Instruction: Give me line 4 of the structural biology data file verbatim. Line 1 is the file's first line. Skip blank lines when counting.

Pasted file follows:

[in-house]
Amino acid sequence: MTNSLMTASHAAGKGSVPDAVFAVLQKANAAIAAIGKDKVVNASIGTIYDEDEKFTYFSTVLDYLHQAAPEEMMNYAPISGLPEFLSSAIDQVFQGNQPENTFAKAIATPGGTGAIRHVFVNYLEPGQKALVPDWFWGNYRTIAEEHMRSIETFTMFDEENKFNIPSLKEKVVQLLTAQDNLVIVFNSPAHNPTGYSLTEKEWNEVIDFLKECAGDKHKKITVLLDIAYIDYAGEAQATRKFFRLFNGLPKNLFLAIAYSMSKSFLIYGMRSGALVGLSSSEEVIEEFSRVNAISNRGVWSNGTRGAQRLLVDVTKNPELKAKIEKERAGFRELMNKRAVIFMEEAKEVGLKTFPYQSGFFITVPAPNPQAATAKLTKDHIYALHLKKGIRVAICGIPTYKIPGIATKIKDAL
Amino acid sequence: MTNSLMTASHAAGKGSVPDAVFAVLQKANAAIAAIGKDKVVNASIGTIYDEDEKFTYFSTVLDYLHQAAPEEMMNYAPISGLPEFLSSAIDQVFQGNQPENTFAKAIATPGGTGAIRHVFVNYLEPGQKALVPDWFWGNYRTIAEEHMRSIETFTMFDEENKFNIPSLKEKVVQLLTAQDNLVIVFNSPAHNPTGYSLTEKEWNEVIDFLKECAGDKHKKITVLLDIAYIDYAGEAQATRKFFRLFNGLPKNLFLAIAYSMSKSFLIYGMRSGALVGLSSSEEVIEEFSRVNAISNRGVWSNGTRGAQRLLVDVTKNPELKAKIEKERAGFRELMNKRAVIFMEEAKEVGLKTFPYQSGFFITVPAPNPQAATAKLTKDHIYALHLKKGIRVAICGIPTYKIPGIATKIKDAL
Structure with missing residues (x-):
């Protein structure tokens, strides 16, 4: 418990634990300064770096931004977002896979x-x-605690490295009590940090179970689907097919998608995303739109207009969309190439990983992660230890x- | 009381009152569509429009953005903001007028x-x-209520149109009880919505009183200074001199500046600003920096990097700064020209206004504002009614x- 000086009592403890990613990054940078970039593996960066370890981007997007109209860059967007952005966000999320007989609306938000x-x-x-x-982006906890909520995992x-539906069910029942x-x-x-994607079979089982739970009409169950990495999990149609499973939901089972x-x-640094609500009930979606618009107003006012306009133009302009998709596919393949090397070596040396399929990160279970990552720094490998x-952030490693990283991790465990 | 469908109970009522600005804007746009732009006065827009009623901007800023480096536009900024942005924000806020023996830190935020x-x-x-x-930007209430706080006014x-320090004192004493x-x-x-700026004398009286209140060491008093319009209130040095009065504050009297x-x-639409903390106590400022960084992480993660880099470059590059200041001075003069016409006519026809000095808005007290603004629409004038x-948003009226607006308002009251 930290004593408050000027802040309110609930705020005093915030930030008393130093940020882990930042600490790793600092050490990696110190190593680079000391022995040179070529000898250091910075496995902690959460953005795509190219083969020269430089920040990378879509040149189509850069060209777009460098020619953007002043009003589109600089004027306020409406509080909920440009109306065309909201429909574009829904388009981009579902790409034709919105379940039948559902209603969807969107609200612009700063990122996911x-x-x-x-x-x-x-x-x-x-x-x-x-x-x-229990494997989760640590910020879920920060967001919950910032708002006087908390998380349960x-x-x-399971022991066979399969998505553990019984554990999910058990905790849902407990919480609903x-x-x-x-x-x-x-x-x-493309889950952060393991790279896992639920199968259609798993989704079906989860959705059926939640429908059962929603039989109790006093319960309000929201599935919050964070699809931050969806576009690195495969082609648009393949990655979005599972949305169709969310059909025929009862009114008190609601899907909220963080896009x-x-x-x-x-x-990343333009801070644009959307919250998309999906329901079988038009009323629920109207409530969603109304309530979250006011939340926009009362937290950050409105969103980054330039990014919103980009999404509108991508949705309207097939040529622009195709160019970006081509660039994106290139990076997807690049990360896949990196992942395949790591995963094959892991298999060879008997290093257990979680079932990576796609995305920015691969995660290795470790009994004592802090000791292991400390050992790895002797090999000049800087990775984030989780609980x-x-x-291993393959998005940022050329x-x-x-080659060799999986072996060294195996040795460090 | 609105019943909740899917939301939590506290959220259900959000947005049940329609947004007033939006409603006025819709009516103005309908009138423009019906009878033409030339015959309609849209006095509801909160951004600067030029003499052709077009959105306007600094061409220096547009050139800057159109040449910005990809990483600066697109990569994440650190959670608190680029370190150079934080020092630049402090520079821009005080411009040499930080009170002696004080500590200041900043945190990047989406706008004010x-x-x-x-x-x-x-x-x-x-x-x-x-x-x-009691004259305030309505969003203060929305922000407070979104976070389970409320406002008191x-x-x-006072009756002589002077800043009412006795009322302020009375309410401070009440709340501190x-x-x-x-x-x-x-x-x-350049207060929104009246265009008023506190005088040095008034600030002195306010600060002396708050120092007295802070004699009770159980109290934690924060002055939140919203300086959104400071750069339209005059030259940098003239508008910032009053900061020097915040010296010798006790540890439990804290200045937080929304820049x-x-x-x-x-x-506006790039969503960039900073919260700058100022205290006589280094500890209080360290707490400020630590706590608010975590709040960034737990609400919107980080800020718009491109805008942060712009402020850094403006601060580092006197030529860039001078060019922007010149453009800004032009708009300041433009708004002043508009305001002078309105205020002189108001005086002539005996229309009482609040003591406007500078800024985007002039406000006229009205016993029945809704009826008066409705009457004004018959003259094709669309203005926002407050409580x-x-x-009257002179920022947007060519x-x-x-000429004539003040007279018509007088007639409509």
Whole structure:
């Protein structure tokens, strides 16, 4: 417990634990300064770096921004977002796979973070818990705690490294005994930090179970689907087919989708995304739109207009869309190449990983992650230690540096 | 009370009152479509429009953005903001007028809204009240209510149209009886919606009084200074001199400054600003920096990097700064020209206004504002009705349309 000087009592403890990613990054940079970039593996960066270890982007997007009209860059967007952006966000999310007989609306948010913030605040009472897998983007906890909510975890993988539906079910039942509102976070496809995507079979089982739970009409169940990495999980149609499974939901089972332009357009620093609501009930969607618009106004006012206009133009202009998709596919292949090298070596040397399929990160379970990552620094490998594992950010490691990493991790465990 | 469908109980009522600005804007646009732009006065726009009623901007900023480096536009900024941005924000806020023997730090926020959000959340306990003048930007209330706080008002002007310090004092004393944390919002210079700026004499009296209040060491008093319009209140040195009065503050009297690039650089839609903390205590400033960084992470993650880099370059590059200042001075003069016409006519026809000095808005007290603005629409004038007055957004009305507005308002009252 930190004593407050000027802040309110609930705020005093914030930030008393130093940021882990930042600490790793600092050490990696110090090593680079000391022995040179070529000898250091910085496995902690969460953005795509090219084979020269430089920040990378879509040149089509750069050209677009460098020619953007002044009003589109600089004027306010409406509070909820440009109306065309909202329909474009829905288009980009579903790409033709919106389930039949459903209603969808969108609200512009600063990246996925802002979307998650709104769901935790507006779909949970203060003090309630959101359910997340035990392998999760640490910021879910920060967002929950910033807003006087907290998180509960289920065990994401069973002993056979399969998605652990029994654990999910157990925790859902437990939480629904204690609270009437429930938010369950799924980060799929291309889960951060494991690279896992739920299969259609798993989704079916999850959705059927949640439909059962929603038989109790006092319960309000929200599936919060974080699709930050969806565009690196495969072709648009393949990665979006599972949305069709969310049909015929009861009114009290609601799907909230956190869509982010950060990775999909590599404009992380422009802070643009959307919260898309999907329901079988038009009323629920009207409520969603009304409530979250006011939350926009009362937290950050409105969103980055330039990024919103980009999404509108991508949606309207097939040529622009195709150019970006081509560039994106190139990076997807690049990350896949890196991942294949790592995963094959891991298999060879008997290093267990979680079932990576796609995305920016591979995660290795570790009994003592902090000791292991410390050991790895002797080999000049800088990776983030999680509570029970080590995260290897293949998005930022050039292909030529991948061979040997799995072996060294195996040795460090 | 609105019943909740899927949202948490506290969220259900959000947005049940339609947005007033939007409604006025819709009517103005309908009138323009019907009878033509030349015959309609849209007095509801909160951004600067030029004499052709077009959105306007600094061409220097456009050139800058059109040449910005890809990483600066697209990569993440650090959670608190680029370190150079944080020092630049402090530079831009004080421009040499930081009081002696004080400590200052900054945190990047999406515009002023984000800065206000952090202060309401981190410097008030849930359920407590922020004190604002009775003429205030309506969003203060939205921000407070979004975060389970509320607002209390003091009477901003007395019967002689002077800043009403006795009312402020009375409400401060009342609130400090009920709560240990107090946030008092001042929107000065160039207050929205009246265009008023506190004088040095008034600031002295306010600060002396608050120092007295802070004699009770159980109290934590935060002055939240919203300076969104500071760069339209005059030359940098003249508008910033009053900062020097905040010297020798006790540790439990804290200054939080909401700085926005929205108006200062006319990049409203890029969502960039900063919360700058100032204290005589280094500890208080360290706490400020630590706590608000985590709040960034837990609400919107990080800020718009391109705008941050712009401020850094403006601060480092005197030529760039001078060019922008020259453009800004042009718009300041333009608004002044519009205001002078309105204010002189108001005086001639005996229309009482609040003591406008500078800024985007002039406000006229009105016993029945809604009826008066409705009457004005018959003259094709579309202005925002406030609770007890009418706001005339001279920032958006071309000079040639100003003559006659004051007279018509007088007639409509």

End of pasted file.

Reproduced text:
Structure with missing residues (x-):